Why interest rates need to rise despite ASX carnage: economist

a woman sits in comtemplation with superimposed images of piles of gold coins, graphs and star-like lights above her head as though she is thinking about investment options.a woman sits in comtemplation with superimposed images of piles of gold coins, graphs and star-like lights above her head as though she is thinking about investment options.

Okay, we get it. Inflation is high so interest rates need to rise.

But after a whopping 125 basis point increase over the past couple of months, grocery bills surging, record-high petrol prices and a pummelling of our ASX shares, isn’t that enough pain?

Surely putting people through such financial stress can’t be good for the economy either?

AMP Ltd (ASX: AMP) chief economist Dr Shane Oliver explored this very dilemma this week.

“Many are still questioning why central banks need to do much – what will RBA rate hikes do to bring high lettuce prices back down?” he said on the AMP blog.

“And that central bank worries about wages growth picking up causing a wage-price spiral are just a baby boomer fantasy. So just sit it out.”

Authorities are scarred by the 1970s

The reason why central banks want to kill off inflation at any cost is because of the experience from the 1970s.

There were a bunch of reasons for inflation creeping up high that decade in Australia and the United States.

According to Oliver, the problem was exacerbated in Australia with wages growth of more than 20% and huge fiscal stimulus in 1974.

“The automatic indexation of wages to inflation from 1975 just helped lock in high inflation,” he said.

“The end result was a decade of high inflation and high unemployment.”

Unfortunately, central banks and governments did not help the situation.

“The problem was that policymakers were too slow to realise the extent of the inflation problem initially and then were too quick to ease which enabled inflation to quickly pick up again and move higher,” said Oliver.

“The longer inflation persisted the more inflation expectations rose – with wage growth rising – making it harder to get inflation back down.”

Will we go back to the future?

So how can 2022 turn into the 1970s?

Labour markets are once again very tight. In the US, wages growth has burst out to about 5%, while Australia’s unemployment rate is now at a 48-year-low of 3.5%.

The war in Ukraine has resulted in supply shocks for both food and energy, which have surged in price. In Australia, the east coast floods have added to the food inflation.

Recent geopolitics and the COVID-19 pandemic have changed the way nations and corporations conduct business.

“The globalisation that followed the end of the USSR and trade with China is under threat and appears to be reversing, not helped by a desire to onshore supply chains.”

Decarbonisation of economies are also boosting short-term capital spend and demand for certain metals.

Also, authorities are just coming out of a long period of low inflation.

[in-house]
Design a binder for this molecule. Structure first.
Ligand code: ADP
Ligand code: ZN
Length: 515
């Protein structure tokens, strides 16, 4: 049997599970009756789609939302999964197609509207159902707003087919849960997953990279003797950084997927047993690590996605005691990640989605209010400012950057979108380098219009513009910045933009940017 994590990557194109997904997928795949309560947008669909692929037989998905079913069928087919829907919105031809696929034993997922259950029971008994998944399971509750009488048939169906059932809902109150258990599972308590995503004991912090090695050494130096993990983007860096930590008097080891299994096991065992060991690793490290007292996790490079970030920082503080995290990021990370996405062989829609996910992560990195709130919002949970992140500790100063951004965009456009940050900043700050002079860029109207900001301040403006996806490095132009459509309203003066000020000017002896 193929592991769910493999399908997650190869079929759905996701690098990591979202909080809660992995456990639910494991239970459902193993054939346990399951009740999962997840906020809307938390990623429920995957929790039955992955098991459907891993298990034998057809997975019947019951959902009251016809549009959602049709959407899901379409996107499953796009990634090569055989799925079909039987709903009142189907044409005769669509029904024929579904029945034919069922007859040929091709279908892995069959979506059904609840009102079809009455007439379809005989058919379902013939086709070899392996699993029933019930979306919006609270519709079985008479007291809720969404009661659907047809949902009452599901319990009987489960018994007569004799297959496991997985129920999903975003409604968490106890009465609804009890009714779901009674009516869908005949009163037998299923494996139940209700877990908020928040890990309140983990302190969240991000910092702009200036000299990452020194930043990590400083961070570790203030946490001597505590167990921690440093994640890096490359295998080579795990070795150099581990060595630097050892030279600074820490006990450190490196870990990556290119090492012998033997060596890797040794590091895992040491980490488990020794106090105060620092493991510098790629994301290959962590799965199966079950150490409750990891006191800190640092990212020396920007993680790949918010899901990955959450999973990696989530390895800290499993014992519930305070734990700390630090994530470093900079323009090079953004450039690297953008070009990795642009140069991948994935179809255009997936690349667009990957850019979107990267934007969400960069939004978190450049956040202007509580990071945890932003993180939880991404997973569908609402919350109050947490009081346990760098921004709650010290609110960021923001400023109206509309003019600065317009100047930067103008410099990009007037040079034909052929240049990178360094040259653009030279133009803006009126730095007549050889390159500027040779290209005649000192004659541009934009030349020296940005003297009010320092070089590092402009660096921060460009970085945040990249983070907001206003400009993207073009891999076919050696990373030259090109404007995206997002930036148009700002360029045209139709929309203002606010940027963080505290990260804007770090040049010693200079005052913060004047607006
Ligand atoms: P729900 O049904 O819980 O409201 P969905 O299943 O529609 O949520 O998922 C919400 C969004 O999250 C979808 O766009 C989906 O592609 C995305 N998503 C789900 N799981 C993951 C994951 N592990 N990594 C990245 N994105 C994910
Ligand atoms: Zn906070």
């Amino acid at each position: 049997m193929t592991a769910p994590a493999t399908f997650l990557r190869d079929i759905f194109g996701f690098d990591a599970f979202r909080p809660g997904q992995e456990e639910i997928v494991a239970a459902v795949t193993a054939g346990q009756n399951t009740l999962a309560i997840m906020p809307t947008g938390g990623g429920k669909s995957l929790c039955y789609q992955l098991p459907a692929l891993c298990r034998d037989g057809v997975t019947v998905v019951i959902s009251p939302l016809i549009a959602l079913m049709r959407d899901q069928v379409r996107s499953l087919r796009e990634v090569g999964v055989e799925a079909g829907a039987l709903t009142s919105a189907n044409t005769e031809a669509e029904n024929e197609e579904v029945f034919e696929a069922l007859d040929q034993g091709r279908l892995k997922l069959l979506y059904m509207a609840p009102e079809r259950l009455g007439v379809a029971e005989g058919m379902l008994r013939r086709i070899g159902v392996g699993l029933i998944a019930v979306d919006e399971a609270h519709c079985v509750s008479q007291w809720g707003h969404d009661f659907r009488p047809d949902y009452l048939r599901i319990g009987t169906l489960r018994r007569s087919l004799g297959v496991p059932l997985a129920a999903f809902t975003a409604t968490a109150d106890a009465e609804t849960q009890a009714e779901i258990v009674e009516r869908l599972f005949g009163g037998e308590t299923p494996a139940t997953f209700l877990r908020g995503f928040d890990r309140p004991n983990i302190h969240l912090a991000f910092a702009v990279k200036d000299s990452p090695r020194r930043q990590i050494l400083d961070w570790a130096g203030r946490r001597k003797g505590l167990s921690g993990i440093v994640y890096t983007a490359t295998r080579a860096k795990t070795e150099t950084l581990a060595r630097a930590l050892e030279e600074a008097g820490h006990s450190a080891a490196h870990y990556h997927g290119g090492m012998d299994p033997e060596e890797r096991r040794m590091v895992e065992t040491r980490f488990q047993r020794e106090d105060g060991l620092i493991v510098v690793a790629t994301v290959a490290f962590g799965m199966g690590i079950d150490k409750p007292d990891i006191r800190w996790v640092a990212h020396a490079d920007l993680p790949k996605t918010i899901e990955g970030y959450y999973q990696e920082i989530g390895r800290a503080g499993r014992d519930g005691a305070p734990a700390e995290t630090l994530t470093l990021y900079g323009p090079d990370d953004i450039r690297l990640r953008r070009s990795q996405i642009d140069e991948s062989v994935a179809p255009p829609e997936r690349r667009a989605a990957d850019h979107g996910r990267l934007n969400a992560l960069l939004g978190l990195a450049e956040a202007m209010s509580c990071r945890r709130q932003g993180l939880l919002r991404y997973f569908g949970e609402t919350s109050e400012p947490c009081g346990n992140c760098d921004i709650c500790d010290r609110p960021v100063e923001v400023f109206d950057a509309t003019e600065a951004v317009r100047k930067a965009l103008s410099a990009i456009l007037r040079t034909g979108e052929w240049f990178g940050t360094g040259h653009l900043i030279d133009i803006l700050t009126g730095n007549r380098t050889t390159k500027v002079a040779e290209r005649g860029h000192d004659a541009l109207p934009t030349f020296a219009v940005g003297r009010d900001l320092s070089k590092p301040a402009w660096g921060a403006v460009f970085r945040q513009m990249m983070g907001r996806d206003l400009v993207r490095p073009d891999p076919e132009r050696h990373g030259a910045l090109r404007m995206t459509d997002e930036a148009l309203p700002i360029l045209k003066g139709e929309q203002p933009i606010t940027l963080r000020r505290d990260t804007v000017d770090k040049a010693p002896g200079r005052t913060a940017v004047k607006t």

“Policymakers were caught focussing on the last war of disinflation coming out of the pandemic just as they were in the 1960s when the big fear was a return to 1930s deflation,” said Oliver.

“This saw massive fiscal stimulus and money supply growth.”

Inflation leads to inflation expectations, which is dangerous

All these reasons are why central banks are so determined to blunt inflation, even if it means our ASX shares take a beating and economies might even fall into recession.

Inflation is running around 9% in the US and Europe, while in Australia it’s estimated to be about 6%.

“And, as we saw in the 1970s, the longer it remains high the more businesses and workers will expect it to remain high and they will plan accordingly,” said Oliver.

“That is, inflation expectations will move up, which will make it harder to get inflation back down.”

Central banks can’t bring down the cost of lettuce or unleaded fuel. But they’re correct in trying to do whatever they can to dampen demand, according to Oliver.

“They are right to have moved to a more aggressive strategy as it will slow demand and by stressing that they are committed to returning inflation to target will help keep inflation expectations down.”

Oliver is optimistic that the authorities will be successful and that the world will not slip into the awful stagflation spiral of the 1970s.

“Longer-term inflation expectations remain low (at 3.1% in the US compared to nearly 10% in 1980) and wages growth is still relatively low, suggesting it should be easier to bring inflation down than it was in 1980,” he said.

“While inflation may not go back to pre-pandemic lows and the longer-term tailwind for investment markets from ever lower inflation and interest rates may be behind us, a full-on return to the 1970s malaise looks unlikely.”

The post Why interest rates need to rise despite ASX carnage: economist appeared first on The Motley Fool Australia.

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Motley Fool contributor Tony Yoo has no position in any of the stocks mentioned. The Motley Fool Australia’s parent company Motley Fool Holdings Inc. has no position in any of the stocks mentioned. The Motley Fool Australia has no position in any of the stocks mentioned. The Motley Fool has a disclosure policy. This article contains general investment advice only (under AFSL 400691). Authorised by Scott Phillips.

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